Time to lift up the SVG documentation to the next level

Hi everybody,

Among my various goals for Q1 & Q2, I commit myself to work back on the SVG Documentation. 8 years later that documentation has become a bit old and would benefit from more attention.

Before I jump in blindly I wish to discuss a bit with you all to get your opinion and to share some though on this.

My current plan is the following:

  • Moving all SVG BCD information on GitHub (It will be my Hack On MDN project for March)
  • Rework the SVG reference pages to match the same structure as HTML (mostly, removing/redirecting the attribute pages to put their information directly within the element pages and only keeping generic attributes like it has been done for HTML)
  • Add at least on example on top of every element pages (possibly interactive)
  • Fully rework the SVG Tutorial, which is severely outdated. (It would also very likely benefit to be moved under the Learn section)

I intent to work on the three first point in Q1/Q2. For the SVG tutorial, it’s a huge job and I’m wondering if it couldn’t benefit from using a contractor to help us on that.

At that stage I only did a quick inventory, and I would love to hear your opinion/expectation on all of this.



I’m glad to see the SVG docs getting some love. I suspect that most web developers won’t be creating SVG files by hand. More likely, they would be tweaking a file created by a tool such as Inkscape. (We could validate this with surveys or other research.) So, they will be very “action-oriented” — they want to fix one thing, not learn everything about SVG.

I agree, Janet, that’s most likely how the docs will be used by most people. It may even be useful to have an article on finding the place in the SVG that corresponds to what you want to change, given that they didn’t write the SVG themselves. Some tips on that could be useful, especially for people who infrequently navigate XML-style markup.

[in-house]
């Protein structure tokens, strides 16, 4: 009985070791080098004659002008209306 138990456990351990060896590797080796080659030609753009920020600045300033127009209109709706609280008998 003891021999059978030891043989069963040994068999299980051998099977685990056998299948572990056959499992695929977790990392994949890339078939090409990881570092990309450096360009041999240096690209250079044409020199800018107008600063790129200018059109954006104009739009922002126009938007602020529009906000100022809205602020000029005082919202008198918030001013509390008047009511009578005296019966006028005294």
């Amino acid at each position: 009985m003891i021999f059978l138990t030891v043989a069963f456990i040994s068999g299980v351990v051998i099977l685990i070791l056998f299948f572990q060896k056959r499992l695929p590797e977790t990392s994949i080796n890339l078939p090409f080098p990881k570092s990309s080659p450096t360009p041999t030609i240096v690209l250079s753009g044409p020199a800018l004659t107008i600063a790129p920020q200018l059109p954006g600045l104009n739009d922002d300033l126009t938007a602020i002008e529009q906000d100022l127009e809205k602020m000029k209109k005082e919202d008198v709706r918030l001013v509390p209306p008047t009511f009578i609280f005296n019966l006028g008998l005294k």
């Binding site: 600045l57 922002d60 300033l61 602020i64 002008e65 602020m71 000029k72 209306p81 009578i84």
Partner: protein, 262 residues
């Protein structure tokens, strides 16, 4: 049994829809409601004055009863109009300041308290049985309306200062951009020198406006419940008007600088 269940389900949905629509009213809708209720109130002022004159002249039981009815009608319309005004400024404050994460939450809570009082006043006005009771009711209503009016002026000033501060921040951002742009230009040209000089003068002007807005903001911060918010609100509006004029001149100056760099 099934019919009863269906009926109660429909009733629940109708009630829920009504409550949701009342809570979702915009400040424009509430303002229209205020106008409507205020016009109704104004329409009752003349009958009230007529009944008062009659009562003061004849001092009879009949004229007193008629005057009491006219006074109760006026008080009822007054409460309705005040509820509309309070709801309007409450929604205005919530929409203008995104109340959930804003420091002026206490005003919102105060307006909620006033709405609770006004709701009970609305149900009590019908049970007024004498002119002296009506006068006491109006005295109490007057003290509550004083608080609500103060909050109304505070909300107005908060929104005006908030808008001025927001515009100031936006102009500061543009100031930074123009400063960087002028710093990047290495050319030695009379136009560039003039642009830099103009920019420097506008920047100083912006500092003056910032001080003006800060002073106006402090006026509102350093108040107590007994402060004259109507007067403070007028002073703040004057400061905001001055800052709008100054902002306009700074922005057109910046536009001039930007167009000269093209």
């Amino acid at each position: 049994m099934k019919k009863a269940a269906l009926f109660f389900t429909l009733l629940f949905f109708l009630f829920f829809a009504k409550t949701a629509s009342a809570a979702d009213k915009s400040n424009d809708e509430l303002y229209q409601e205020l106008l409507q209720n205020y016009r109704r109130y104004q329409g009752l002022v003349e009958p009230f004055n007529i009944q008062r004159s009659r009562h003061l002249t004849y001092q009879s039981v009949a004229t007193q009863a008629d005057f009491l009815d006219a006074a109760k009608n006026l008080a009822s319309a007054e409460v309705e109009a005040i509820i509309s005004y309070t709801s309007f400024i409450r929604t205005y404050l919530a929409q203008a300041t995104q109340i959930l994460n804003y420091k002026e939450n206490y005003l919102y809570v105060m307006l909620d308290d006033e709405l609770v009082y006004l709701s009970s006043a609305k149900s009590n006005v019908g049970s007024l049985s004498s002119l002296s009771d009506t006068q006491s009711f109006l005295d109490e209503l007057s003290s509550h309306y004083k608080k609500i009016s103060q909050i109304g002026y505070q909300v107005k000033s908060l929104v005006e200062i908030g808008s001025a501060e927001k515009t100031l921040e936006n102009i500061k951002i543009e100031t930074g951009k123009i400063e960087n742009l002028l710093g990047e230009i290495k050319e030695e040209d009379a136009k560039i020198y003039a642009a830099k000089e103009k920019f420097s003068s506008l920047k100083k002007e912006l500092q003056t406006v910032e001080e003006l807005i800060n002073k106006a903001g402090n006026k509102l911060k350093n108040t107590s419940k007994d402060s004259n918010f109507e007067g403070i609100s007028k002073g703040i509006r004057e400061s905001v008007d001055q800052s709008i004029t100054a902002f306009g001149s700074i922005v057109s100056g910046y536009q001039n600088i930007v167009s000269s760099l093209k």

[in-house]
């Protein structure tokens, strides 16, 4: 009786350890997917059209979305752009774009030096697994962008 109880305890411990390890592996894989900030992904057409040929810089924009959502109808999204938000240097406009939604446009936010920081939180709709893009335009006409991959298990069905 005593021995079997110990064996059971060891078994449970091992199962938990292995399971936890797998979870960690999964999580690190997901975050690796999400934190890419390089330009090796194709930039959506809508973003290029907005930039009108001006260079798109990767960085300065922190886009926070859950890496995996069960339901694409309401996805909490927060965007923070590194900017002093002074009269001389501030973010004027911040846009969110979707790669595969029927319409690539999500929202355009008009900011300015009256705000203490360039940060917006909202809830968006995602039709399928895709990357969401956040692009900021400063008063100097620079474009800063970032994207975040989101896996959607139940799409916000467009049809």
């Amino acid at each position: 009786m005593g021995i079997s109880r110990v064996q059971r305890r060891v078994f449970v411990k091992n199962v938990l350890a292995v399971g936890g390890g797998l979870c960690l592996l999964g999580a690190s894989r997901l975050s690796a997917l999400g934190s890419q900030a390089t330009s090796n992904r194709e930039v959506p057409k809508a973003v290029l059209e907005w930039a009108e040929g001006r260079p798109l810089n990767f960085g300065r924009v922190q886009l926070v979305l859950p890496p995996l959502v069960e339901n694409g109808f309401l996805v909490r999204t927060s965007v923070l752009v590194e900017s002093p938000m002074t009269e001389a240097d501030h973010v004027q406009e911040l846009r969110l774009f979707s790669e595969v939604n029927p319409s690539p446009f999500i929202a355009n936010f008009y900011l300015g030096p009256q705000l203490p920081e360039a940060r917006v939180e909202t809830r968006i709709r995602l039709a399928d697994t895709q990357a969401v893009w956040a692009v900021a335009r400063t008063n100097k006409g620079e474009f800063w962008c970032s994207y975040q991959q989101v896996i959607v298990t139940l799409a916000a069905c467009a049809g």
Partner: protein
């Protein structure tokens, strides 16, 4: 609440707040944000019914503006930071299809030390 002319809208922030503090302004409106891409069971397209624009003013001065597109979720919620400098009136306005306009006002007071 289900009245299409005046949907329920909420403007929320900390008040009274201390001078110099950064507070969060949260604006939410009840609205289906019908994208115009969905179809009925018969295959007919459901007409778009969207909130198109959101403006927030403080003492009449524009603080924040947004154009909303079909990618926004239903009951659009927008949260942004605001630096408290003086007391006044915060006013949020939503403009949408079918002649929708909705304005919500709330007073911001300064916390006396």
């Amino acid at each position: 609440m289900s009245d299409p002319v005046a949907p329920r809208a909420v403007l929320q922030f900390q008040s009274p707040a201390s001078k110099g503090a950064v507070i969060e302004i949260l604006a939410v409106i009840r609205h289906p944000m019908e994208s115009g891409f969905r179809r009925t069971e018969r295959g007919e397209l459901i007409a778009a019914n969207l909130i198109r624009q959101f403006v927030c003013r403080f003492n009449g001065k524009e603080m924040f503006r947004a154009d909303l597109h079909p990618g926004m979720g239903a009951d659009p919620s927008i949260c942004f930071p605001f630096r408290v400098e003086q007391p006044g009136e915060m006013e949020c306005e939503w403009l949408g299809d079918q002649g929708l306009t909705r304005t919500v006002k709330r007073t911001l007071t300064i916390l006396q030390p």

I also agree with this; my experiences are similar. I use SVG in a very superficial way — make a shape with inkscape, stick it in the page, then add some classes to a few of the elements so I can mess with them using CSS and/or JavaScript.

However I also think that the reason a lot of people don’t use SVG for anything cleverer is that they simply don’t know what SVG is capable of. I think this could be a really good chance not only to update our coverage to make it modern, but also to do some SVG evangelism — hey, did you know you can do these awesome things, or do this kind of thing more easily using this feature?

Chris: That’s an excellent point. Perhaps there’s a way to make a determination as to how much more likely people would be to use SVG to do things if they knew what it could do and how to do it. Maybe we could do a short “intro to SVG” article that demonstrates some of the concepts, maybe gives them something more complicated with some ideas for ways to fiddle with it in an interactive way, then try to compare people’s thoughts on SVG before and after going through that?

Yup, I think some kid of SVG interactive examples would be great for the updated SVG tutorial series. I think it is worth updating these docs, regardless of people’s thoughts, but we could certainly shape the tutorials further and improve their effectiveness if we had such data.


I agree that fully creating SVG by hand is a very limited use case (even for people like myself who are very familiar with the technology). It is extremely impracticable to create a complex shape by hand and using a vector drawing tool (Inskape, Illustrator, Sketch, …) or a scripting library (D3.js, Snap.svg, Bonsai.js, Chartist, …) is a necessary step.

However, I also agree with Chris that there is a lot of power with SVG when you know how to get the best of it, see:

And there are many more fun stuff to create :slight_smile:

So I think it will be interesting to shape a large part of the SVG tutorial around “how to improve your SVG content” rather than just “how to create SVG content”.

Thanks Jeremie for working on this, it’s great to see an update to this part of MDN. It might also be useful to look at traffic data to determine interest: The 20 or so tutorial pages receive 25% of the overall traffic to SVG pages, and ~13 reference pages receive another 25%. Assuming 500 or so reference pages total, that’s quite a lot. Might be worth taking that into consideration for prioritization.